Last time in “Losing your religion…”, I shared a quote by Joshua Greene. His pointing at a positive coorelation between increased rational thinking along with decreasing belief in a god gained a nod from me. Growing up, as I did, the nod serves as a firm hand shake from a distance. His wording, though, suggests that the relation is the result of a direct causal connection, but using coorelations in this fashion too often proves wrong.
Now, I must confess that right along with my nods came an urge to slap his hand, like mom did when I was grabbing at a fresh cookie. Relations between these two classifications of human behavior are too deep and complex for such a simple inference. Rather than Greene’s, hint, hint … know what I mean, know what I mean … nudge, nudge … I would prefer a definite call to test this implication out. It is meaningful to push further, running the risk of losing the higher ground you’re standing on.
Seating a seeming rejection of God in this true point, I see as a mistake. Across my professional years I have known two basic directions of runs through education. Starting off in and completing a pastoral BA but then heading off to gain a masters in Social Work, by inference, should have meant my eventually leaving the church. I didn’t.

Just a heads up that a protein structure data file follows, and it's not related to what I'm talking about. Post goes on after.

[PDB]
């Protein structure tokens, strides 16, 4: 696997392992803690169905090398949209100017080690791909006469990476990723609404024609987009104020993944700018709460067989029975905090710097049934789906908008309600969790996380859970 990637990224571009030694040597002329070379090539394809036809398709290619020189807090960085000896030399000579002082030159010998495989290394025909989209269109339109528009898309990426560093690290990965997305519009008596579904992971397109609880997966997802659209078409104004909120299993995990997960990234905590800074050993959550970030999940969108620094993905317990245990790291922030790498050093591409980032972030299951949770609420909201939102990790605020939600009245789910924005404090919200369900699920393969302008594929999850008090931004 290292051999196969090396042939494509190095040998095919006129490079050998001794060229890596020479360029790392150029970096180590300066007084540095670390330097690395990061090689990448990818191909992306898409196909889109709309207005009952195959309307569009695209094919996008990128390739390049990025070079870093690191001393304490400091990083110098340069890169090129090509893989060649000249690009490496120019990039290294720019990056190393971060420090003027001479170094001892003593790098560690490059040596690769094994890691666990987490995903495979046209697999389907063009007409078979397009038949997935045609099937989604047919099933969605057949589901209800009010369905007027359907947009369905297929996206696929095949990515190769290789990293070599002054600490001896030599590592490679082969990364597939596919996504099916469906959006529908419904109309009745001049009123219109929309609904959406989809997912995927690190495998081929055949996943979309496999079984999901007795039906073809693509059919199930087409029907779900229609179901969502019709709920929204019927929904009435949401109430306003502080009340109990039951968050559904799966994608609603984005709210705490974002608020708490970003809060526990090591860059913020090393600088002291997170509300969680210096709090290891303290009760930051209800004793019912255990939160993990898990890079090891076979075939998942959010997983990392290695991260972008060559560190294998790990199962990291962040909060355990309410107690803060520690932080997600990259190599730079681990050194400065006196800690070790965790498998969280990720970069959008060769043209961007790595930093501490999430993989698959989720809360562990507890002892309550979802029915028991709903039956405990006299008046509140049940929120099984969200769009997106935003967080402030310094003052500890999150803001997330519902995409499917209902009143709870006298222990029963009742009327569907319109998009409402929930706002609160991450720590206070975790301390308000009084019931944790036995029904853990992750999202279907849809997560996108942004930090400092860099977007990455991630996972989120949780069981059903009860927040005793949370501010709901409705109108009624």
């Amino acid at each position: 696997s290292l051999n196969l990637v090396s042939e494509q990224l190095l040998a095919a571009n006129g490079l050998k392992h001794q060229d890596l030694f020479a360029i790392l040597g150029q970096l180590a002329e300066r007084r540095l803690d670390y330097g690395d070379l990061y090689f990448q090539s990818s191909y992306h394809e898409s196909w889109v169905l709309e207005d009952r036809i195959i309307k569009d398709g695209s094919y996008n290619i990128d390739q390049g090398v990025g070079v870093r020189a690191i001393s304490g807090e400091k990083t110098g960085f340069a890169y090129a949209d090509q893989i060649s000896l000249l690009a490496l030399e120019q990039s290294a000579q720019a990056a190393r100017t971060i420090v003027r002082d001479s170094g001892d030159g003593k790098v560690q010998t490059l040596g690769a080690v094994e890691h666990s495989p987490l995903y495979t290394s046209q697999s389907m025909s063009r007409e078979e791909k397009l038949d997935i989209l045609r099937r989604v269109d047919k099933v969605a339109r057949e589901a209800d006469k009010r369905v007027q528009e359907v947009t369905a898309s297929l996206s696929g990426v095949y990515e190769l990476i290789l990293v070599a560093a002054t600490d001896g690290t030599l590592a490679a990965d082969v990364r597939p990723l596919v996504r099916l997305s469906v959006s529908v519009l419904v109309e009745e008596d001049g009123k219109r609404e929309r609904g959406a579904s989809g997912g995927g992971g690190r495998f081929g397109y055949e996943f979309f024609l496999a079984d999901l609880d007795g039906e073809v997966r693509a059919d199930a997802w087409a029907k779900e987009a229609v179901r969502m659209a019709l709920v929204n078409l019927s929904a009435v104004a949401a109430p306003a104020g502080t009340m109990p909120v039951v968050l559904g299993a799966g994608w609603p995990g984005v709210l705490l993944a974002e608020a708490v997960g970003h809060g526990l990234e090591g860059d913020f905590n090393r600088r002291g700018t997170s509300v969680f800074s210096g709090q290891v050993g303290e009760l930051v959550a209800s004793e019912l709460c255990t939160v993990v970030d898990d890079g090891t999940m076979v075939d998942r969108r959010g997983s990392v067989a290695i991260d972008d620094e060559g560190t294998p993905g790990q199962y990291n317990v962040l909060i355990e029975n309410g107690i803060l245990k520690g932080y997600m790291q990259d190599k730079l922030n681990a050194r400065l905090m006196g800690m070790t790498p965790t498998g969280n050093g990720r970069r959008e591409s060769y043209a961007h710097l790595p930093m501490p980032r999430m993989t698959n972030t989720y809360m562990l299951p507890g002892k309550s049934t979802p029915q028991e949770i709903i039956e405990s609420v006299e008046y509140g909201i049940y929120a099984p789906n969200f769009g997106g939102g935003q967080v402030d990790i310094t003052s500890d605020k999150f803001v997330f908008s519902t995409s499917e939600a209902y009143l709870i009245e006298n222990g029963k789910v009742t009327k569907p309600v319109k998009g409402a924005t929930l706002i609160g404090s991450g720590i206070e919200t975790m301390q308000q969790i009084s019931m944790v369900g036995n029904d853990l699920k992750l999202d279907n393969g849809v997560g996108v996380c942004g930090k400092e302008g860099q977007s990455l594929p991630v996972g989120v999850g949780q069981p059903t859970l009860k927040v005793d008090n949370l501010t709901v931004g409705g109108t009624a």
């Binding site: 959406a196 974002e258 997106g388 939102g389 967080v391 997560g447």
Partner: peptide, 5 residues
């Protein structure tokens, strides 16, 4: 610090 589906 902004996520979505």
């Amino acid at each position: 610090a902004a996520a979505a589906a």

In my age group those who stayed in the mix of their Bible college years, by going on to be pastors have dominantly remained there. Those who went on to seminary were even more likely to keep in step. Being thirty years past graduating from college, I know the absolute majority of my college buddies are still pastors. I also know that the majority of friends and aquaintances in graduate school who’d been raised in some fashion of the church were working on their MSW’s to, in their eyes, run a better path in helping people than Christianity offered.
My direct experience isn’t necessarily true across the board, but it is an example of my queasiness with Joshua’s conjecture. I would rather suggest the true correlation between advanced education and decreased connections with religion bespeaks social entrapment. One facet of the dynamic is a too common experience of too many children, who from the start, have no interest in the church. By the time, their 18th or so year rolls around they leave their formal connection with the church on the coffee table back at home. So then, my point isn’t the end of his suggestion, rather I think he is pointing at a set of dynamics with long tattered threads woven back into religion, in general, and the church in particular.